It seems that multiple organizations, both public and private, are working hard to accelerate the adoption of electric mobility all across the globe. While the U.S. seems to be taking it rather easy in terms of making the shift to all-electric power, several other countries, particularly in Europe and Asia, have set strict deadlines as to when the sale of brand new internal-combustion-engine vehicles will come to an end.
Several strategic partnerships between large industry players have been forged in recent years. The latest of which comes in the form of Piaggio and energy company BP joining forces to promote the adoption of electric mobility. The project seeks to raise awareness as well as to accelerate the development of all-electric two and three-wheeled vehicles across Europe, India, and other parts of Asia. The way the two companies plan to execute this initiative is rather interesting. Instead of developing their own range of vehicles, the companies will be introducing a range of services catering to the rapidly growing LEV segment.
This comes mainly in the form of infrastructure and a business model that seeks to make charging your EV as easy as filling up your gas tank. That’s right, the two companies seek to roll out fast charging infrastructure, as well as battery exchange systems. Folks from the I.T. industry may be familiar with the whole “as a service” moniker, and this is exactly what Piaggio and BP seek to bring to the table—Battery as a Service, or BaaS. On top of this, the two companies are working on a “Vehicle as a Service”, or VaaS business model, which covers leasing, repair, maintenance, and energy management for fleets of lightweight electric vehicles.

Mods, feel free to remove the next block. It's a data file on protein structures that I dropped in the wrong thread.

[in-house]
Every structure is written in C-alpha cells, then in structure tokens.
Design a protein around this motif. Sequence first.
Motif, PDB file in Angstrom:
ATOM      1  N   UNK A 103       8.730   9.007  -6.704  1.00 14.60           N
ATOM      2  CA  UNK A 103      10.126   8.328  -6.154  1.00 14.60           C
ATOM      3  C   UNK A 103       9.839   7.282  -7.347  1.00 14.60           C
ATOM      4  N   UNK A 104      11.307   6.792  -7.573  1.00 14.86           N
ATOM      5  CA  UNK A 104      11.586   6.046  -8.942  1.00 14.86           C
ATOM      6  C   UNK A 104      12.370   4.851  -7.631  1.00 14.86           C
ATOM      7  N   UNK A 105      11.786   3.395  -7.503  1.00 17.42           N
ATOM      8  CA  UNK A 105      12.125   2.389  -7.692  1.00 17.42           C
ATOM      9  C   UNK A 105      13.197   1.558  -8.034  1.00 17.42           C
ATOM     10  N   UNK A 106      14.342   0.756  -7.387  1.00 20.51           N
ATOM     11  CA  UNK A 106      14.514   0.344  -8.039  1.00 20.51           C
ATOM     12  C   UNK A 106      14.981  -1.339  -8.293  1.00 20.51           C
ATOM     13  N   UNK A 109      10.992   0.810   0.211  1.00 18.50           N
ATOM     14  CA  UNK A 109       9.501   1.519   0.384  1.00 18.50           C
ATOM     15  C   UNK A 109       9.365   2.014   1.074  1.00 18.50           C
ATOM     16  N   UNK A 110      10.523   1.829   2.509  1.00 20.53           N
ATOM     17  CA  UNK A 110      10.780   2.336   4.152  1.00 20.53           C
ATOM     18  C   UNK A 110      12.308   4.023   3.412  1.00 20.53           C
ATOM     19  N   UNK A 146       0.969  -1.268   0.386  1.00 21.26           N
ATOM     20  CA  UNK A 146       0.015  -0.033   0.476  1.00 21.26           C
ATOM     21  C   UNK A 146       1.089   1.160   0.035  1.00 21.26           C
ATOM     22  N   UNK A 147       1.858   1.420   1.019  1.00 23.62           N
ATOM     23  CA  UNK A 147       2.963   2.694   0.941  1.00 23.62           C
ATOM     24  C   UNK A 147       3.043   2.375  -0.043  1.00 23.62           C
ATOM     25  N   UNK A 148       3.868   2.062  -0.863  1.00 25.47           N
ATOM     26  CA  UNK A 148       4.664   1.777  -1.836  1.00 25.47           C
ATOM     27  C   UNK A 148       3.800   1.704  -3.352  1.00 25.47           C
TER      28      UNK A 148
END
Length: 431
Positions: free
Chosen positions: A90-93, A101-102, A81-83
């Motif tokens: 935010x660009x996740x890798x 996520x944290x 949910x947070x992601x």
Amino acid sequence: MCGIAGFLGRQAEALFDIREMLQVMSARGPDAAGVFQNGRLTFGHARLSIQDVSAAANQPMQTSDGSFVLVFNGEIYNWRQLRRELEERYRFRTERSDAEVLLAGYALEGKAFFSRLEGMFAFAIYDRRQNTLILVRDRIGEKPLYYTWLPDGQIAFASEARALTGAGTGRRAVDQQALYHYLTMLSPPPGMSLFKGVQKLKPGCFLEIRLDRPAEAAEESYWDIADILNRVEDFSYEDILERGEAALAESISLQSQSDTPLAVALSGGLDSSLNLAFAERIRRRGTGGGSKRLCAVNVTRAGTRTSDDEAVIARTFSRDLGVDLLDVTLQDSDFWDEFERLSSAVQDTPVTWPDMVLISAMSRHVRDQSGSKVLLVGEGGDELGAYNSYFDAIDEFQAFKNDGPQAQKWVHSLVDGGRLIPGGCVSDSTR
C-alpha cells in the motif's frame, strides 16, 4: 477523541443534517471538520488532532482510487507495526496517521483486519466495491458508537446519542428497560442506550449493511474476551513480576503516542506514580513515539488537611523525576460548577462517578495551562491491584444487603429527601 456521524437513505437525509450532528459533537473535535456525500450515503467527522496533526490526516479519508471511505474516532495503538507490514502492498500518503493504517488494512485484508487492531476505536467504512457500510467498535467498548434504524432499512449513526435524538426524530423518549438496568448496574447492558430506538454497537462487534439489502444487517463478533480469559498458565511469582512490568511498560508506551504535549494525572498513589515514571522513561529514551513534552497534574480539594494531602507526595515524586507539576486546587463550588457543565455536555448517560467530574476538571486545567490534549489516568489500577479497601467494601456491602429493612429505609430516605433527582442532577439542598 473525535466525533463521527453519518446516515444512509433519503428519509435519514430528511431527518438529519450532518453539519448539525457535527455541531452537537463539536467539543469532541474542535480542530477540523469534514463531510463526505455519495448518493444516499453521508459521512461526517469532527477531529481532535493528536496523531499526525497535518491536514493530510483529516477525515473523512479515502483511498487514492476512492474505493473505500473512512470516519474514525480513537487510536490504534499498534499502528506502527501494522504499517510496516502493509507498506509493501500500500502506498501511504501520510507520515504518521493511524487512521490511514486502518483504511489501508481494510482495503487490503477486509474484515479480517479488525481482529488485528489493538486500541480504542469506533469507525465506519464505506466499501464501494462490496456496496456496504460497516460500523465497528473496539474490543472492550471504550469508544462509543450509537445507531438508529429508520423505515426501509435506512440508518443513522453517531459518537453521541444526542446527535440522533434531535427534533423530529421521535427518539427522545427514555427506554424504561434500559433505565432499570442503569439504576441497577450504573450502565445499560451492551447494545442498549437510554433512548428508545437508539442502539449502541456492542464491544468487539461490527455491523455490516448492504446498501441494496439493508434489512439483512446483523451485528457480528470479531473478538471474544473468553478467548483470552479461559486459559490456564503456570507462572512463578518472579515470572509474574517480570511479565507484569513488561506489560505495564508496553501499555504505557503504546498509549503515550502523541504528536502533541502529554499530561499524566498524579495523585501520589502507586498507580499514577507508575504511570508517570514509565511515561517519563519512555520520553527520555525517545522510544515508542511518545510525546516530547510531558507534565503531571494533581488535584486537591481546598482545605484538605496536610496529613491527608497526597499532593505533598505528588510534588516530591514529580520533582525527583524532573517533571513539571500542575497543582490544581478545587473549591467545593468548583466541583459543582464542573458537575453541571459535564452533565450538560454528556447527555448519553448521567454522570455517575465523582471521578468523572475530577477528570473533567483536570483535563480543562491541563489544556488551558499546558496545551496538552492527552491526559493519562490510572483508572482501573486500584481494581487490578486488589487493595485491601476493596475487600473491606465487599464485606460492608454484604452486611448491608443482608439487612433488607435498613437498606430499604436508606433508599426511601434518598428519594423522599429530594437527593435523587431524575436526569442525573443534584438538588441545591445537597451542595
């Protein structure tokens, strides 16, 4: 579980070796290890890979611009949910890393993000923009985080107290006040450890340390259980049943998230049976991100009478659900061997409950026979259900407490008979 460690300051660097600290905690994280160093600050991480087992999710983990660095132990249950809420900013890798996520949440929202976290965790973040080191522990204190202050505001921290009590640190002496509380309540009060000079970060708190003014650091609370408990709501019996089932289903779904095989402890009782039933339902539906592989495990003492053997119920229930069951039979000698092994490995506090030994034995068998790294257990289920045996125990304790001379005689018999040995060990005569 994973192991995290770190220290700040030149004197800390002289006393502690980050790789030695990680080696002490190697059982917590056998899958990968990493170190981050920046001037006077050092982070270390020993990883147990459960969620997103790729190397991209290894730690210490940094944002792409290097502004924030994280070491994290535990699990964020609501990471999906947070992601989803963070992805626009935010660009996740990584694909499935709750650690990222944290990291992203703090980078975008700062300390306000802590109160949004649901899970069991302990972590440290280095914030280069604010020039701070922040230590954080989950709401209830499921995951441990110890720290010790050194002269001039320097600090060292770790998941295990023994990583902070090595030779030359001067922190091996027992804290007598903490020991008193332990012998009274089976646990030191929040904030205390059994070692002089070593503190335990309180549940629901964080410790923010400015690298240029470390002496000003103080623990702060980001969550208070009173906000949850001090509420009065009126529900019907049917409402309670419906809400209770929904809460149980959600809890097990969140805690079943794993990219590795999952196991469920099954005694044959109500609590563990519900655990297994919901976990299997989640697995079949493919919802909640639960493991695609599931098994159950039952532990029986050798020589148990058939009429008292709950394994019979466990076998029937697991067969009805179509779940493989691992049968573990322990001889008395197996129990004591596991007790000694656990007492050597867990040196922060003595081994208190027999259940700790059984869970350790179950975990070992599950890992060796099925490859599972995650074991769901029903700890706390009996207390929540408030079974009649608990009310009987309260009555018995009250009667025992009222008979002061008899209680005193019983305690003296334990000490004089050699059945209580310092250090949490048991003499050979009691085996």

The first initiatives of the project will be carried out in India, where BP subsidiary Jio-BP and Piaggio are already developing charging and battery swapping solutions for EVs. The project is expected to make its way to the rest of Asia, with China, Indonesia, and Vietnam in its sights. Europe, too, is in the cards for the not-too-distant future. Now, what will be interesting to see, would be how Piaggio and BP’s solution would stack up against other EV-centered projects such as Ola’s HyperCharger network, as well as the EV battery consortium which Piaggio itself is part of, alongside Honda, Yamaha, and KTM.